Feeding the Revolution

Two Case Studies on the Use of Food as a Weapon of Resistance in Contemporary (Post)colonial North America

Suzanne Cope

 

Many citizens of the United States of America think of their country’s origins as stemming from a revolution against British colonization while basing their American identity on various interpretations of “freedom”. Ironically much less examined is the United States’ economic, cultural, and/or political colonization of other nations and groups.

“Feeding the Revolution” discusses two contemporary case studies of the use of food as a weapon against American colonization efforts, one of a chef and television host in Cuba from the mid-20th century to the 1990s, and another of a collective of Native American chefs and food activists working within US borders today. While different in time, media, and purpose, we can see some overlap of their methodology and can learn about the use of food as a political tool across contexts.

Nitza Villapol was an American-born chef, television host, and bestselling cookbook author in Cuba, starting in the late 1940s. She rose to national prominence over the next decade teaching Cubans to make popular dishes such as lobster thermidor and pasta salad that were heavily influenced by American culture and primarily from ingredients imported from the US. Even dishes considered classic Cuban fare – such as the Cuban sandwich and ropa vieja – required ingredients that could not be natively sourced from the island, but required American (or other) imports which had become ubiquitous as US companies heavily influenced Cuba’s economy to serve their own insatiable desire for cheap sugar.
When Fidel Castro took control in 1959 (and after the resulting American embargo) Villapol declared her allegiance to him, and her on-air instruction – and even subsequent editions of her iconic cookbooks – began to erase influence of American ingredients on Cuban food while honoring diverse native foodways and cultures, all in support of a none-too-subtle political agenda via the re-definition of Cuban foodways. Not only was this serving to reinforce a political ideology via media, but also to obfuscate the reasons behind the resulting food shortages that changed availability and diversity of available food.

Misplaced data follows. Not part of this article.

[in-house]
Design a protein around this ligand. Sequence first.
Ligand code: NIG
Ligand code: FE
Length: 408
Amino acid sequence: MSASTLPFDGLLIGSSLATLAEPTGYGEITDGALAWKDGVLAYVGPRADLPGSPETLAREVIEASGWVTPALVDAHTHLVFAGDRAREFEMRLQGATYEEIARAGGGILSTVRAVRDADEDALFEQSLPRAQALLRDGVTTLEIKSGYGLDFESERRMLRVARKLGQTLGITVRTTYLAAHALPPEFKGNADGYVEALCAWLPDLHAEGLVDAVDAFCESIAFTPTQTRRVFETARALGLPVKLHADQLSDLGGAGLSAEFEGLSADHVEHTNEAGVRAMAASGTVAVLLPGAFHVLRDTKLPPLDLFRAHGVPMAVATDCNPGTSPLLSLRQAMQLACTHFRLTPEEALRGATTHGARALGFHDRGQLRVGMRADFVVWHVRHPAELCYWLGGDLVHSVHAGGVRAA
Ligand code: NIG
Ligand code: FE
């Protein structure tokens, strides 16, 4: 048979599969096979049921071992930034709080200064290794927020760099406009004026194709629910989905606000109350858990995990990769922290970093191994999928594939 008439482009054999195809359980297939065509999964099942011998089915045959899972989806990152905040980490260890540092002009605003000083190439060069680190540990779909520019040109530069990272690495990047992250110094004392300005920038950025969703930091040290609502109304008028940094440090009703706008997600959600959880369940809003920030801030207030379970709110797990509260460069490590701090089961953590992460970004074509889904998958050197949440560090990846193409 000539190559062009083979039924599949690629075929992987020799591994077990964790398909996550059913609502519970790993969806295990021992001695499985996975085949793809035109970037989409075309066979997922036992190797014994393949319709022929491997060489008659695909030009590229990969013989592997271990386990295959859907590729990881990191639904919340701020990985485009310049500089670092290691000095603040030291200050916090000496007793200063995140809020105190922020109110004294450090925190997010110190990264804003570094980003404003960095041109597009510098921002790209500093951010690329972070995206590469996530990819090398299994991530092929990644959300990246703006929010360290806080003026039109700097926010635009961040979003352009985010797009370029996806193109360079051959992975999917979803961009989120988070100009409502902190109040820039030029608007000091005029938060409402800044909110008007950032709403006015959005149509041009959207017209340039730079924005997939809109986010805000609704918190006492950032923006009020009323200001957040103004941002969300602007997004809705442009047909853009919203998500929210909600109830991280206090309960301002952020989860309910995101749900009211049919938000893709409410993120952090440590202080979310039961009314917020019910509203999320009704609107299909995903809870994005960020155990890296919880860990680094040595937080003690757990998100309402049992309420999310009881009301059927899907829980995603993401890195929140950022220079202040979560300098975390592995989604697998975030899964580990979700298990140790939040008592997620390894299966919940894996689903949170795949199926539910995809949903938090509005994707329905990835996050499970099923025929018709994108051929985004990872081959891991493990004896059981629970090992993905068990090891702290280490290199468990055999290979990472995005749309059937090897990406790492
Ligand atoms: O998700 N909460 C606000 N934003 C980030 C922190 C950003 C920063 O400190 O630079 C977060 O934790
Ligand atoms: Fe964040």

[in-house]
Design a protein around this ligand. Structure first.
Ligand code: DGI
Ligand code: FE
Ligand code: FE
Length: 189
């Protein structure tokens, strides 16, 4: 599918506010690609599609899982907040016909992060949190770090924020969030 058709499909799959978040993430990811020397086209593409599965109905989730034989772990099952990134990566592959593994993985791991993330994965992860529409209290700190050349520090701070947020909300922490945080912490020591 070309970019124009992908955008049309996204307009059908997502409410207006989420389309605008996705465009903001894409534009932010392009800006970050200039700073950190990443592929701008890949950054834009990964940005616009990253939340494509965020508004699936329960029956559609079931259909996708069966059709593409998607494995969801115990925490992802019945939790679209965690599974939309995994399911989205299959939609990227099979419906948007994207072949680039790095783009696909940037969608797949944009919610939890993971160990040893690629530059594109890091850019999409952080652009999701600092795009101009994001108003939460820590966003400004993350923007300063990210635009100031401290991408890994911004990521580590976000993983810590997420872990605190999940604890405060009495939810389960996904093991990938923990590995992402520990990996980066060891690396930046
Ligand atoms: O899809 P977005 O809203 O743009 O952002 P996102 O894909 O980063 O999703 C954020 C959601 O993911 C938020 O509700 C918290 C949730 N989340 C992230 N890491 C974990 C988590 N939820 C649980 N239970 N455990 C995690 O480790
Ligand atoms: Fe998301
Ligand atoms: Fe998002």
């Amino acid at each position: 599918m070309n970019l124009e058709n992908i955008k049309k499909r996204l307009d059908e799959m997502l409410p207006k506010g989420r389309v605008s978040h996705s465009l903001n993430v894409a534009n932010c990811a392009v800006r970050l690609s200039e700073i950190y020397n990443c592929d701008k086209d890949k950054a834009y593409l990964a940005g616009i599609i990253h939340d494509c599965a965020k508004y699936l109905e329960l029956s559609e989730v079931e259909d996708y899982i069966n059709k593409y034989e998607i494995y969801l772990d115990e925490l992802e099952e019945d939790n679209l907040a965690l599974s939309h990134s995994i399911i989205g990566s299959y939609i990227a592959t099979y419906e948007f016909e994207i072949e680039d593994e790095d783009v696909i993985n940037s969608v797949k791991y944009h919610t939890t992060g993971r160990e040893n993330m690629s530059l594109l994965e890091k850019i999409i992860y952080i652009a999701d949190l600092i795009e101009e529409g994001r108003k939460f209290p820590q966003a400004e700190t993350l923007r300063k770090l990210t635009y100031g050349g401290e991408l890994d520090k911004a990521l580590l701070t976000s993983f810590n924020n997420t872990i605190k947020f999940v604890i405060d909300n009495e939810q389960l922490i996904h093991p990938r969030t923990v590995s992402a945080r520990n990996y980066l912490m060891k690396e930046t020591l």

The I-Collective – a group of Native American and indigenous chefs, food activists, and knowledge keepers – are using social media to educate a populace about the whitewashed history of their country and their own oppression under the dominant Eurocentric American culture and leadership, while also using food as its own medium to aggressively identify colonial structures within the food system, and counteract them one meal at a time. While the tone and media tools are different, as well as the cultural and political landscape in which they operate, they are also using mass media to connect to their audience, and the concept of culturally resonant meals to reinforce their political agenda.

These two case studies – while spanning time, geographic location, and political context, among other differences – do share some similarity of approaches to the use of food as a political weapon against American colonization. Both use the power of media to connect to a broader audience, and both use the audience’s connection to food as both a daily necessity and as cultural capital for an entry point to reinforce a political agenda that is about so much more than what is on the plate.